Interest rates can be broken down into a sum of inflation expectations, real rates (growth expectations), and term premium. For the better part of the last decade the term premium has been near zero as the central banks have been the price insensitive buyer in the market place. These asset purchases suppressed volatility and in turn reduced investors preferences to move further out the curve for additional yield. Uncertainty and volatility are returning to the markets as the central banks are finally stepping away from their extraordinary monetary measures. The FOMC is in the final stage of reducing its balance sheet, allowing up to $50 billion in assets roll off each month. The ECB has intimated that QE will end at the end of this year, and the Bank of Japan has made it clear it plans to buy less bonds as well. Powell’s comments, intended or not, served as a wake-up call to the markets. Powell has distanced himself from the academic and model-driven Fed of Yellen and Bernanke and embraced a Greenspanesque approach to policy. The market might be looking for a “Powell Put” but his comments reveal a Fed willing to stay on its gradual tightening path and look through the uncertainty in the market place.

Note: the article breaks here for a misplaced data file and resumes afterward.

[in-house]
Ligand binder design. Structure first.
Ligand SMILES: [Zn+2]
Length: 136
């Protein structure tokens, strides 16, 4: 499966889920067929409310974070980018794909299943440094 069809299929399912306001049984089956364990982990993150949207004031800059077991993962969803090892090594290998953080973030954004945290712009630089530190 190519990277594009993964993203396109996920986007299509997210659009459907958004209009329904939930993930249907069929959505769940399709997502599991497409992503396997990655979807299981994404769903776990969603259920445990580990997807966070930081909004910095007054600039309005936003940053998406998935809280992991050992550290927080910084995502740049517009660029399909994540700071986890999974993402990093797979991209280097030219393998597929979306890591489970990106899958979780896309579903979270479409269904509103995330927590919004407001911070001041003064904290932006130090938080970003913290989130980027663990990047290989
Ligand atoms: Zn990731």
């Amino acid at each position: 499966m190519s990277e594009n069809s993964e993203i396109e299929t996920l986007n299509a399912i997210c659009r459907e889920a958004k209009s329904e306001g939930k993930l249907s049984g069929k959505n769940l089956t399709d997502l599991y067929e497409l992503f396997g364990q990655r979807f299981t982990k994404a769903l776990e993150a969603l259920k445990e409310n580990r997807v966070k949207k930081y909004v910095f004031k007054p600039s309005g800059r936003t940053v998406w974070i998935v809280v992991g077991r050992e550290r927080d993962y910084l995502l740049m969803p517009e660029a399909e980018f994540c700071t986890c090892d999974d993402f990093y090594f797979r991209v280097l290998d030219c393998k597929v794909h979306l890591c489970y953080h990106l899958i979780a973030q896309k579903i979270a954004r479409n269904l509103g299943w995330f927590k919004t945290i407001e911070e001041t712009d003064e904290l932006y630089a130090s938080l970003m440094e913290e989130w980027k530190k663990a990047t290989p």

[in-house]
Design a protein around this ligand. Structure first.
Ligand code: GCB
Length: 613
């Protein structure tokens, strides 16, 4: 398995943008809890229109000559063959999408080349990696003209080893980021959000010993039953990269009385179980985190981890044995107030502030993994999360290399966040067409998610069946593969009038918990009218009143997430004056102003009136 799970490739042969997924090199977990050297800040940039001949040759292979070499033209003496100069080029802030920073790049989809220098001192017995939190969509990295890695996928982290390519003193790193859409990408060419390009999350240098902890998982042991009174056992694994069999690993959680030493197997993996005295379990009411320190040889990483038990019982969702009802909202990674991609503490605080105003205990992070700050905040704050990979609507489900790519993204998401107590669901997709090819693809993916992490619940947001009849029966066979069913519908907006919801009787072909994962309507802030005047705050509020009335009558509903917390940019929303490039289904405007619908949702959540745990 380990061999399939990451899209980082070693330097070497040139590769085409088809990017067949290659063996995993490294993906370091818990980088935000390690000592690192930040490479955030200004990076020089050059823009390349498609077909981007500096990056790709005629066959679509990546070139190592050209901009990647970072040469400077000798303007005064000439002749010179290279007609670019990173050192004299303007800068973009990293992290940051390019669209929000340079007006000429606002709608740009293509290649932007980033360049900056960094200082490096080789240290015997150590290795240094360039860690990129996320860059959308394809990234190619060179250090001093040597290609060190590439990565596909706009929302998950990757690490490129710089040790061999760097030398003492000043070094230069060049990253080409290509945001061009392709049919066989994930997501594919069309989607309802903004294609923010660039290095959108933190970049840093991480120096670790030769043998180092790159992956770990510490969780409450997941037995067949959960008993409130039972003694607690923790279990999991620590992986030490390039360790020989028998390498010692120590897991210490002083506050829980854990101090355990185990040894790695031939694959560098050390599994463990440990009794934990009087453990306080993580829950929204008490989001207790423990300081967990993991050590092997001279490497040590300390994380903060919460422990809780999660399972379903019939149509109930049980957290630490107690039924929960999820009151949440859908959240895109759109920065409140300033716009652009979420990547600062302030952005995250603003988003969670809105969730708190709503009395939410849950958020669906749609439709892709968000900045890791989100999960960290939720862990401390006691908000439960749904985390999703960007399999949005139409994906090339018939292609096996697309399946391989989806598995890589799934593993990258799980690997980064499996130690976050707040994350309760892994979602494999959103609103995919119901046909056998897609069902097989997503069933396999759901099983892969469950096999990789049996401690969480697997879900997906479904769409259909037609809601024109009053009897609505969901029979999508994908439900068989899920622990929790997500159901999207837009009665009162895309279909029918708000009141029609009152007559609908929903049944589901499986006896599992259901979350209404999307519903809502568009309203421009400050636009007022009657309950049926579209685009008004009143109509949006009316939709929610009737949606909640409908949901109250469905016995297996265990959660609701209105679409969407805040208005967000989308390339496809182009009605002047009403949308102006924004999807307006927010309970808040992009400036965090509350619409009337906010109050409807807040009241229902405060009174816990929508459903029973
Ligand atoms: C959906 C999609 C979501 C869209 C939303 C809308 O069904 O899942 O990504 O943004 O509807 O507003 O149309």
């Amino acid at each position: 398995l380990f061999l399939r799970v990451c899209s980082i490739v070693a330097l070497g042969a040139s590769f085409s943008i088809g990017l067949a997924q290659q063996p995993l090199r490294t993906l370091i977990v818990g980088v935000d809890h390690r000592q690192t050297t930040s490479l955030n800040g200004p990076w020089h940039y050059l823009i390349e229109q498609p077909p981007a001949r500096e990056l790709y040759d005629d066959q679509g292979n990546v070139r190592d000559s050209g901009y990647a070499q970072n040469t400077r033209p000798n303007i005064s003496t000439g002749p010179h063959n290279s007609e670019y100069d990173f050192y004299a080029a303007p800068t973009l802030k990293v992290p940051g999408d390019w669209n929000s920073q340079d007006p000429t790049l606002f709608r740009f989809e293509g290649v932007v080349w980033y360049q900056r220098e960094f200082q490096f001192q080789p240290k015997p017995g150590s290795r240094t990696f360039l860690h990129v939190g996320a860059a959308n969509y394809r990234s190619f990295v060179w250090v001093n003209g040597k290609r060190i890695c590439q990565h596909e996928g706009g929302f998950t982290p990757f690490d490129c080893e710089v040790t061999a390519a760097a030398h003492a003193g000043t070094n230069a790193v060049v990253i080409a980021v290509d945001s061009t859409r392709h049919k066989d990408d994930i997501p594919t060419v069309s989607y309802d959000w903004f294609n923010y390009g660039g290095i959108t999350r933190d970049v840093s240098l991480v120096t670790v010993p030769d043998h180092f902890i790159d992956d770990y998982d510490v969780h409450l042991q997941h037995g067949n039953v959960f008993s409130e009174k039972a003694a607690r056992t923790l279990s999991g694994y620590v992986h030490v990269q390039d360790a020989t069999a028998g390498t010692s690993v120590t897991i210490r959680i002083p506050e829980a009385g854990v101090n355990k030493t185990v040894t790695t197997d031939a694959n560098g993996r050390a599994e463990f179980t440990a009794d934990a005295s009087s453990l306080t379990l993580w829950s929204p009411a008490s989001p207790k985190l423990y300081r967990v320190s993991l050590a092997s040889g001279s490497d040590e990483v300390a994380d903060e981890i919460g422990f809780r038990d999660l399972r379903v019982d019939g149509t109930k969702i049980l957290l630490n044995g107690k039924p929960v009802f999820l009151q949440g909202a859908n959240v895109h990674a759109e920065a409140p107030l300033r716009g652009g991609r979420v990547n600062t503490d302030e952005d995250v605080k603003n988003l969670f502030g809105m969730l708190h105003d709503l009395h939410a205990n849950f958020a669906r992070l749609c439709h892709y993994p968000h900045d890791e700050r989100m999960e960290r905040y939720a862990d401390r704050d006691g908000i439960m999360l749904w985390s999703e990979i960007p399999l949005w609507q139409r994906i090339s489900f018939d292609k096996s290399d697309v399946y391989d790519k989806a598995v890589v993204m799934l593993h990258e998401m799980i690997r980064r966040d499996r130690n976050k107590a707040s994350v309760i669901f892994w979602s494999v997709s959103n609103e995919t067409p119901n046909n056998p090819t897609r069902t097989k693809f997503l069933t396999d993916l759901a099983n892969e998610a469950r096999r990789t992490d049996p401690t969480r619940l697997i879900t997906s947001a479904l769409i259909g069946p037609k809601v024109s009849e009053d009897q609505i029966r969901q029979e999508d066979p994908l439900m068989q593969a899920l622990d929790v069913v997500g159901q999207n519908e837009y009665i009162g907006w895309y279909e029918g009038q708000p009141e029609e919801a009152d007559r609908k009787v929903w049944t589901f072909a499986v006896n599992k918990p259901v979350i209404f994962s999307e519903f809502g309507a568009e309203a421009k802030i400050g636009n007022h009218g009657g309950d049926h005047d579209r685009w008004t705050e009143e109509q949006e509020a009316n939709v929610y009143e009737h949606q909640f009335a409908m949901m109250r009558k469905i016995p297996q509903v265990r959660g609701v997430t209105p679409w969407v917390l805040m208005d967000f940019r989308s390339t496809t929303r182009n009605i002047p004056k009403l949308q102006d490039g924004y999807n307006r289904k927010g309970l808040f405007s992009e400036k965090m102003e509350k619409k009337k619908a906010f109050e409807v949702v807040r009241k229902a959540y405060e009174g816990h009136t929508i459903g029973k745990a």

The term premium manifested itself in a steeper curve and higher real rates. Rising risk-free real rates have not traditionally been good for risk assets in this cycle. The extreme case was the Taper Tantrum in 2013, when 30 yr real yields rose 120 bps in three months. The current rise in 30 yr real rates has been a more modest 40 bps in the last two months and 25 bps of that came in October. Inflation expectations actually fell at the same time as 30 yr inflation break-evens contracted over 10 bps last month. Oil’s 10% slide to $65 a barrel certainly had an impact, but more broadly, it is hard to price in higher inflation risk when realized inflation remains tame and the Fed is on course to tighten policy further. October’s CPI release came in below expectations. It showed little impact from the tariffs and some weakening in home prices. Other inflation indicators such as import prices and the prices paid component showed little inflation pressure building as well. Treasury Inflation-Protected Securities (TIPS) underperformed, matching some their lowest break-even levels of the year, as inflation expectations fell on the month.